4 Steps for Dividing Property in an Illinois Divorce

In any divorce, the divorcing couple must divide their property. When they own little, this task is simple: they simply need to divide their few items. But in cases where the couple has a substantial net worth or own a business, the process is more complicated. Here are the 4 steps to divide property in an Illinois divorce.

1) Identification of Property

The first step is to identify all property. Sometimes this is an easy process, for example, when both spouses know each item of property. Sometimes, however, one of the spouses is either kept in the dark or denied full information. Then,  lawyers need to conduct more extensive investigations to discover all of the family holdings. This process, known as discovery, involves the issuance of subpoenas, depositions, document review, and financial audits. Once the lawyers identify all property, it needs to be classified as either marital property or non-marital property.

2) Classification of Property

The process of classification of property is based on when and how an asset is acquired. Generally, all property that is obtained during the marriage is a marital property with some exceptions. If an item is classified as non-marital property, the owning spouse keeps it, and it is not divided in the divorce. An example of a non-marital property would be an item that one of the spouse’s owned before the marriage. Other examples of a non-marital property include gifts made to a spouse either before or after the marriage. Also, an inheritance that one party receives is his or her non-marital property.

One can convert a non-marital asset into a marital asset. For example, if a husband places his wife’s name on the title to his non-marital real estate, that act may convert the non-marital property into a marital asset.  Also, if a spouse inherits money and deposits it into a joint marital checking account for bill paying, that act may also convert the non-marital cash into a marital asset.  Generally, when one commingles non-marital money or property with marital property, the contributed property is at risk of being reclassified as marital property.

The law presumes that all property acquired during the marriage is marital property. The spouse who claims an item as non-marital property must prove by clear and specific evidence that he or she received it under one the legal exceptions to the marital property rule.

3) Valuation of Property

Once the property is classified, we need to value it. While we don’t typically assess non-marital property, in some instances it may affect the division of marital property. For example, if one spouse has non-marital property worth $1,000,000 and the marital estate is $500,000, the substantial non-marital property may support an argument that more of the marital property should be awarded to the spouse without the large non-marital holdings.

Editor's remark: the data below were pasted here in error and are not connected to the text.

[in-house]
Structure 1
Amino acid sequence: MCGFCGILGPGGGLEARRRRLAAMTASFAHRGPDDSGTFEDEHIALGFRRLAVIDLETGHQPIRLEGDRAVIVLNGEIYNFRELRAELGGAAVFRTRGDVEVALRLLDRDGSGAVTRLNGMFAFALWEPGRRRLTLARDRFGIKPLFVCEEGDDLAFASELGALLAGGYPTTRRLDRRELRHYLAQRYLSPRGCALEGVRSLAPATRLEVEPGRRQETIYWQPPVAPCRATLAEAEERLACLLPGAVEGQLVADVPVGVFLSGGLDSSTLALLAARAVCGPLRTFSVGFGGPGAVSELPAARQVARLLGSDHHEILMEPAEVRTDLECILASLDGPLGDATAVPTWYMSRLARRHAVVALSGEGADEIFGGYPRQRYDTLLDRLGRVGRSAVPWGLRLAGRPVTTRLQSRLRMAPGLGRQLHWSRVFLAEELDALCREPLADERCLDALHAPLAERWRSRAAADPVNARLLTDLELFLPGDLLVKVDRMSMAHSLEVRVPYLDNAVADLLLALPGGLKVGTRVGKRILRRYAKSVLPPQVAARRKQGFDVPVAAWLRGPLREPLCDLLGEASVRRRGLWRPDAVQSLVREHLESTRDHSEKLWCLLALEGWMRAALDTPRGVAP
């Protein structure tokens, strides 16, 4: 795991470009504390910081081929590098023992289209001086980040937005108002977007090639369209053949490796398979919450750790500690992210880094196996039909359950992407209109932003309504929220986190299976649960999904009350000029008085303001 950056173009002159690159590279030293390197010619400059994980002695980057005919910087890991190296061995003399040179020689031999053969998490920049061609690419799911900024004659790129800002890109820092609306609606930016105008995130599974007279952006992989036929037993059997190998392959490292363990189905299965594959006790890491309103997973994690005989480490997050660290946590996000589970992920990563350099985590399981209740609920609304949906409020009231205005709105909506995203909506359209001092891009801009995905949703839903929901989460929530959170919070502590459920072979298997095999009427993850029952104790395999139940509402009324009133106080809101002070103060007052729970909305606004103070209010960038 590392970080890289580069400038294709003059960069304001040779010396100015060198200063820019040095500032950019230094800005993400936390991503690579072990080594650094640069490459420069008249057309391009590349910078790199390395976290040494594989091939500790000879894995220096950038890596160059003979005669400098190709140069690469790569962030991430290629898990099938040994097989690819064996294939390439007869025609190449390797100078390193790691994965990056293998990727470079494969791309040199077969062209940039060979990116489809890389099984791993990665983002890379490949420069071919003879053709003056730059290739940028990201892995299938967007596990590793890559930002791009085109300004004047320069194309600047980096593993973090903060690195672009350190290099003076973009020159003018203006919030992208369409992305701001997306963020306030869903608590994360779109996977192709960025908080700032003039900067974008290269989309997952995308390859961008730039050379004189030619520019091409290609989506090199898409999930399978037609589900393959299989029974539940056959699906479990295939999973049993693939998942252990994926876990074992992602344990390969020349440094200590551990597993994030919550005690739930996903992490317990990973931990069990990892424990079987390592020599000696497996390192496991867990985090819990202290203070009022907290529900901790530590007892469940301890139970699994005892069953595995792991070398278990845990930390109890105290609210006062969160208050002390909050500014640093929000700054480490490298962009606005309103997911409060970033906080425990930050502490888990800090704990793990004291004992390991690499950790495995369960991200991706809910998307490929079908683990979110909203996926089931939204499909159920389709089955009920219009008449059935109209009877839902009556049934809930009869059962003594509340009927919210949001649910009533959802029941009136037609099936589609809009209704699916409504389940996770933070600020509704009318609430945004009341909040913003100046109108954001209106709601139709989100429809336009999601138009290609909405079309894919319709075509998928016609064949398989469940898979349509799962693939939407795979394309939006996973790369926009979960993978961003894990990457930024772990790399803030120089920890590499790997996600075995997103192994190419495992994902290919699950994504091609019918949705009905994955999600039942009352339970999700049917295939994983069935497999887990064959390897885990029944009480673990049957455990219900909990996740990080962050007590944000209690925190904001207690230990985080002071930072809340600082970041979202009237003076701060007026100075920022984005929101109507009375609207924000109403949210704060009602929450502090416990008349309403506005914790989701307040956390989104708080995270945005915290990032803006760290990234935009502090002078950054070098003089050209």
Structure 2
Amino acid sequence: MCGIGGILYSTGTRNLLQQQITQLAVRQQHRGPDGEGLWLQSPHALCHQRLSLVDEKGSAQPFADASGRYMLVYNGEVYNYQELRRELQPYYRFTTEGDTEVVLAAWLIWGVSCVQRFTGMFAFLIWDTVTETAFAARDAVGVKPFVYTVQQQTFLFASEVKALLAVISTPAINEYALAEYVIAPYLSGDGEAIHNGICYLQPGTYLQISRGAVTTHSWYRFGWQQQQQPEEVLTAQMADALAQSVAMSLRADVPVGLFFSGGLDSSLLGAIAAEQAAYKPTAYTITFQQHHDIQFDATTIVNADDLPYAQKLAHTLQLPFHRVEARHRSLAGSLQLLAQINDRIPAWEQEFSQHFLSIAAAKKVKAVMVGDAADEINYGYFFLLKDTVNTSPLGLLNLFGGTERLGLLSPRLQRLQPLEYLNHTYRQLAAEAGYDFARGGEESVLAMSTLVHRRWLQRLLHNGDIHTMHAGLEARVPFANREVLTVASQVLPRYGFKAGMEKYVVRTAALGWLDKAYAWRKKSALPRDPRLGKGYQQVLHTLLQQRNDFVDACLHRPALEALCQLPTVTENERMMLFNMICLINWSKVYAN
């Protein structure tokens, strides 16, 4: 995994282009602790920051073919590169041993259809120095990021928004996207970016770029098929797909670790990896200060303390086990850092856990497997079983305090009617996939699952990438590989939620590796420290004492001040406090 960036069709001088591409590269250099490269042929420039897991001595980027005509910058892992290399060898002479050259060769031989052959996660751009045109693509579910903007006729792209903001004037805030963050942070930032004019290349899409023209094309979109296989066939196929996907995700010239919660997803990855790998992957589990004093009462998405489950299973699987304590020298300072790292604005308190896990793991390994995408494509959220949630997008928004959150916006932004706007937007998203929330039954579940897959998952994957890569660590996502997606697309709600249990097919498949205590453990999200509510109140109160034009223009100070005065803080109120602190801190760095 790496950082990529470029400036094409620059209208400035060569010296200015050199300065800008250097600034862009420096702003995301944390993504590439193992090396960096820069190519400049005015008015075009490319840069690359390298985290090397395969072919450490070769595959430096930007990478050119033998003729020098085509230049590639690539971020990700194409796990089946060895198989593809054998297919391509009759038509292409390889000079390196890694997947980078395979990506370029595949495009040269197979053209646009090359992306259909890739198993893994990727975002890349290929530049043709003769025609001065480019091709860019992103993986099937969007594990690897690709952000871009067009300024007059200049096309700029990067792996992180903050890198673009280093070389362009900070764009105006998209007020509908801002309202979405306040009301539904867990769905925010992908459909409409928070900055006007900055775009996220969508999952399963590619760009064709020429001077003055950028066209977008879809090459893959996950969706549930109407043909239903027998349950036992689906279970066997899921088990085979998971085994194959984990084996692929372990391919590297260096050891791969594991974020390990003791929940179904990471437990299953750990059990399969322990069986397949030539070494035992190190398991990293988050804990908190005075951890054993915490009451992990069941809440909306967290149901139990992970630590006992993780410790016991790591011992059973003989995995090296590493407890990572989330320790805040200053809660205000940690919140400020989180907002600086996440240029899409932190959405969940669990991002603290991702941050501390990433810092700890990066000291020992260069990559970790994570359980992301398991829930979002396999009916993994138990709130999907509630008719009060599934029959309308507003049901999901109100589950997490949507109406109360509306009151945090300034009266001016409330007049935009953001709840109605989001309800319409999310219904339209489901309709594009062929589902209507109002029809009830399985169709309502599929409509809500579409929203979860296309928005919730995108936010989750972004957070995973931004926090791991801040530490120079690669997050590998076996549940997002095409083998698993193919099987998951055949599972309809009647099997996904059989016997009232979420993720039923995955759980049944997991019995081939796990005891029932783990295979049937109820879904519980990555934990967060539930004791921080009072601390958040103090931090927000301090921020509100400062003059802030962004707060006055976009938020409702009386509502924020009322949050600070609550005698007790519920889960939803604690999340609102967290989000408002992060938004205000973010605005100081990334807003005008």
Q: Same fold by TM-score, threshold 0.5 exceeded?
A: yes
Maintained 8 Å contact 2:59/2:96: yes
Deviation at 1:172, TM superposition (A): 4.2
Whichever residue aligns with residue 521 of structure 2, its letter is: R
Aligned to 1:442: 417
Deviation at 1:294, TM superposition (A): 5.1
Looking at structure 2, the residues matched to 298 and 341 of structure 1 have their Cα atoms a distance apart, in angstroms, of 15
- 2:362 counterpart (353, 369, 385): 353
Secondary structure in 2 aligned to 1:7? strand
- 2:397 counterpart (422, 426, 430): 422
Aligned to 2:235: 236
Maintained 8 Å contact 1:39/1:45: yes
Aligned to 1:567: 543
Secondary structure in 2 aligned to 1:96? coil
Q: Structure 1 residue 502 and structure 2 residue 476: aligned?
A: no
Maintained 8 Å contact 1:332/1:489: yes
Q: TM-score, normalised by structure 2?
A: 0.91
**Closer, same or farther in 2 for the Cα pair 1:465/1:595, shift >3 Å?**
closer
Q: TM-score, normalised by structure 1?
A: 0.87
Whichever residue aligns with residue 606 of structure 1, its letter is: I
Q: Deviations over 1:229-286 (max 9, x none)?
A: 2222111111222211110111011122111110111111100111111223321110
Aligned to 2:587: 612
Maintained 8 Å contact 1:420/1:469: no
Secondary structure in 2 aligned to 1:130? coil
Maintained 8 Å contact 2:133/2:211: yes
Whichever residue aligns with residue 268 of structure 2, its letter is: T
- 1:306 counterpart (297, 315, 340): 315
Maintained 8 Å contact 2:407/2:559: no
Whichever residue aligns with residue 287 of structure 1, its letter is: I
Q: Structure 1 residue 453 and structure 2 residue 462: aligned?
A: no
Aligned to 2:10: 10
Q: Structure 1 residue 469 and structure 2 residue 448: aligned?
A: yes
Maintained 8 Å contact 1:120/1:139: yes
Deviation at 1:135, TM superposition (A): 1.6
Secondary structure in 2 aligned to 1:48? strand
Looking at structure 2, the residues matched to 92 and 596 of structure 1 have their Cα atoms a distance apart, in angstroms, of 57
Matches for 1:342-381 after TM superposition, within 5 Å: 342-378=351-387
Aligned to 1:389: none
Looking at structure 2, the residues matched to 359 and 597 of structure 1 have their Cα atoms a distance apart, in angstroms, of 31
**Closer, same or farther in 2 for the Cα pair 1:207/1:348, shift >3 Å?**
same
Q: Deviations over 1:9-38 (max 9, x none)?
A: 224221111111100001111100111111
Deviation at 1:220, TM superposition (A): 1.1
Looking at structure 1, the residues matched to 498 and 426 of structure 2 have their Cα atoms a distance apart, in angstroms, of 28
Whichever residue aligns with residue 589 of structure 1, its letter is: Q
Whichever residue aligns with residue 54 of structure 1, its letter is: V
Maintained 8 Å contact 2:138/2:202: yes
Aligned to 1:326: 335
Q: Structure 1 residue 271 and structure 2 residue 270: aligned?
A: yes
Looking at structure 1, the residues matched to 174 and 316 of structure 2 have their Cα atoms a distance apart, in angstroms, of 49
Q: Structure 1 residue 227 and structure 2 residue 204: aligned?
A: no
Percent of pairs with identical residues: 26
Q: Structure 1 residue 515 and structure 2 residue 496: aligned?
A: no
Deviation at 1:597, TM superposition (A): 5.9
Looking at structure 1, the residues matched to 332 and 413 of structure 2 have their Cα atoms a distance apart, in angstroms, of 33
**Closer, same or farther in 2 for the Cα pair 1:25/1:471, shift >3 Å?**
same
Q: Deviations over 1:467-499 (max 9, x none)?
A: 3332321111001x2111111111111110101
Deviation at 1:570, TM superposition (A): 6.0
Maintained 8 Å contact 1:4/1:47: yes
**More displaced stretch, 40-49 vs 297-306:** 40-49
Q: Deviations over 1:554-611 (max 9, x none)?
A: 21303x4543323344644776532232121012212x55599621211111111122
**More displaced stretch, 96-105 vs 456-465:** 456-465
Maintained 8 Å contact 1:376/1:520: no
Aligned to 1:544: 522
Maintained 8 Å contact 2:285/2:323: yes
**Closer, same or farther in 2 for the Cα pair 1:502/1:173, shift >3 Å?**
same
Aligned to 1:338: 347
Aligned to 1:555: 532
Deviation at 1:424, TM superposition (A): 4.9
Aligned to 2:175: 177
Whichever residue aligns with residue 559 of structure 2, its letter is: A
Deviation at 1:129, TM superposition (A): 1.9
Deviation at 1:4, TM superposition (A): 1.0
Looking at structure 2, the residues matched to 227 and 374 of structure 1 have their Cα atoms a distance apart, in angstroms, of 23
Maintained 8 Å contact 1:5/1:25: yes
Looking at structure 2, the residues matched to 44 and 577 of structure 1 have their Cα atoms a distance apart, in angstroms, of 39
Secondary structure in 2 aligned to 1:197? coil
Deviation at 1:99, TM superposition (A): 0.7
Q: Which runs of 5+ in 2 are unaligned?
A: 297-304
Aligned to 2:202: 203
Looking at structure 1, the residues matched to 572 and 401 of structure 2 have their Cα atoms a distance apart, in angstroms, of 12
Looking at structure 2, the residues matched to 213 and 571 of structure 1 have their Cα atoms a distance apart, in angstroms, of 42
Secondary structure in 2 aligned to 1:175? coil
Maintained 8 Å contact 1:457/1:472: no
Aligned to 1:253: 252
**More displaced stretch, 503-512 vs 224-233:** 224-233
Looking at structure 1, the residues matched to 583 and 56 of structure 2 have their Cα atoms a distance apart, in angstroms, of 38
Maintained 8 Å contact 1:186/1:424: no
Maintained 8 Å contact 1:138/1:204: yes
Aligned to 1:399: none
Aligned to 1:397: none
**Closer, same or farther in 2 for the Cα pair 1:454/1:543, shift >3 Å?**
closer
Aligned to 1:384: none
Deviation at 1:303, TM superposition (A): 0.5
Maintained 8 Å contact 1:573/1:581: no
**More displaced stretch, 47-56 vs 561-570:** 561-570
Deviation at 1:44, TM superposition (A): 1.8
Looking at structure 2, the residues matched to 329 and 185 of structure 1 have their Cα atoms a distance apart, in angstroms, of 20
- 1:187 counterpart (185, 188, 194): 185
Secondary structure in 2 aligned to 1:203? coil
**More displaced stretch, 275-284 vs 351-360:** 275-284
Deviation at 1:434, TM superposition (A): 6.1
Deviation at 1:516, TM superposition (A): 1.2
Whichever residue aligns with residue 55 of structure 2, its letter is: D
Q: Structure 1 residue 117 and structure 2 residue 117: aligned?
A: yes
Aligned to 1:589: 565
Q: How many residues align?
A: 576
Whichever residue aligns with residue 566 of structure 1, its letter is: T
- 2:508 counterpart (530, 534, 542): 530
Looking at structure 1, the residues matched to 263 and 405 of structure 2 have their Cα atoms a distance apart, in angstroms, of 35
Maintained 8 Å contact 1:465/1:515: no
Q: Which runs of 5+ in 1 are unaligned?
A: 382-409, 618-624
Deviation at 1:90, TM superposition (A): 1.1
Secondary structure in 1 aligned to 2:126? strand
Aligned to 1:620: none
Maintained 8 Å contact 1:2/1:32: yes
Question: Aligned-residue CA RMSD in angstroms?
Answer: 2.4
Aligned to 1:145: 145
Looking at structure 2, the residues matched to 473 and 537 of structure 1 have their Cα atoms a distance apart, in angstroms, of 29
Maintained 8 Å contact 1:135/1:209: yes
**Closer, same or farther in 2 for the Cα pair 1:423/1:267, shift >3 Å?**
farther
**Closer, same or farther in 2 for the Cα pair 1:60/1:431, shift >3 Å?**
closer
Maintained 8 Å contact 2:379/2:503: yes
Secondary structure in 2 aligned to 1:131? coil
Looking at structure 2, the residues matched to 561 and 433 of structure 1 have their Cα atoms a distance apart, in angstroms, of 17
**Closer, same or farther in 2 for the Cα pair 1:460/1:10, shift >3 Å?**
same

The valuation of the property is done using a fair market value standard. This standard of value bases value on what a willing seller would accept, and a willing buyer would pay, assuming neither is under any coercion or compulsion to sell or buy. For business interests, real estate, collectibles, art or antiques, we usually need to hire experts to provide an opinion of fair market value. Of course, nothing prohibits the parties from agreeing to an amount without the input of the expert. Often both spouses will hire experts who disagree on the value of the property. In that event the parties will either need to agree to a number or the judge will have to determine value based on the competing expert testimony at trial.

With regard to bank accounts, defined contribution plans (e.g., 401K plans), IRAs or other account type assets, we value those items as of the time of the completion of the divorce. Personal property, such as furniture or furnishings is rarely assessed; instead, it is usually divided in kind by the parties. If one of the parties is not interested in any of the furnishings, that spouse is free to try to negotiate a waiver to the property, in exchange for some financial concession.

4) Division of Property

Once the property is classified and valued, the next step involves its division. As a general rule, we divide property on a 50/50 basis with some exceptions. As noted above, we may divide assets disproportionately if one of the parties has a sizeable non-marital estate. But customarily we divide property equally. To do this, we start by preparing a marital balance sheet. This document is a recap of the assets and liabilities. Debt needs to be considered as well as assets. For example, we reduce a house value by any mortgages or other liens against the property.

Assuming a 50/50 split, if one of the spouses has more net assets on his or her side of the balance sheet, that spouse needs to pay the other spouse enough to equalize the property values. For example, if one spouse keeps the house and other assets worth $1,000,000 and the other spouse keeps assets worth $500,000, the spouse with the more substantial holdings owes the other spouse $250,000 to balance the distribution. Sometimes the offset is paid in installments over time, or sometimes the spouse will need to get a loan to pay off the money at the time of the divorce.


Identification, classification, valuation, and division of assets in most divorces is very complicated and wrought with risk. Make sure to consult with competent professionals with the experience and expertise to handle complex property issues. The lawyers and CPA at Peskind Law Firm are well versed with all aspects of matrimonial property law and are available to help.